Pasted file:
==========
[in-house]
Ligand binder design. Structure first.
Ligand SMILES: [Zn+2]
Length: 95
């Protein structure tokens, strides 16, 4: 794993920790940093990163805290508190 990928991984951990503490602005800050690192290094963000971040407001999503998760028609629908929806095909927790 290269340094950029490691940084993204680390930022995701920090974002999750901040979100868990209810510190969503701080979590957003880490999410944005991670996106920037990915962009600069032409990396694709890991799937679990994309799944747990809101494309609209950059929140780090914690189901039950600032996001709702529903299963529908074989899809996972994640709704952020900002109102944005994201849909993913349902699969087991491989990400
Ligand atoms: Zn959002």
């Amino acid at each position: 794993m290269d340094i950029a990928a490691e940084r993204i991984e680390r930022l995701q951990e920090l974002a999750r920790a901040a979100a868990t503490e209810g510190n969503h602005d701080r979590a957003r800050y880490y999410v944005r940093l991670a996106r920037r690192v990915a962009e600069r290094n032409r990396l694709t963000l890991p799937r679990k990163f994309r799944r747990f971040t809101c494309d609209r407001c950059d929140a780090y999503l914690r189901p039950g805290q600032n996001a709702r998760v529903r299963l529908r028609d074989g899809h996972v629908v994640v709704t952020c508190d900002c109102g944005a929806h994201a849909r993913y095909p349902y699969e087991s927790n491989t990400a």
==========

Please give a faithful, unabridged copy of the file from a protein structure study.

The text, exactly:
[in-house]
Ligand binder design. Structure first.
Ligand SMILES: [Zn+2]
Length: 95
């Protein structure tokens, strides 16, 4: 794993920790940093990163805290508190 990928991984951990503490602005800050690192290094963000971040407001999503998760028609629908929806095909927790 290269340094950029490691940084993204680390930022995701920090974002999750901040979100868990209810510190969503701080979590957003880490999410944005991670996106920037990915962009600069032409990396694709890991799937679990994309799944747990809101494309609209950059929140780090914690189901039950600032996001709702529903299963529908074989899809996972994640709704952020900002109102944005994201849909993913349902699969087991491989990400
Ligand atoms: Zn959002």
């Amino acid at each position: 794993m290269d340094i950029a990928a490691e940084r993204i991984e680390r930022l995701q951990e920090l974002a999750r920790a901040a979100a868990t503490e209810g510190n969503h602005d701080r979590a957003r800050y880490y999410v944005r940093l991670a996106r920037r690192v990915a962009e600069r290094n032409r990396l694709t963000l890991p799937r679990k990163f994309r799944r747990f971040t809101c494309d609209r407001c950059d929140a780090y999503l914690r189901p039950g805290q600032n996001a709702r998760v529903r299963l529908r028609d074989g899809h996972v629908v994640v709704t952020c508190d900002c109102g944005a929806h994201a849909r993913y095909p349902y699969e087991s927790n491989t990400a």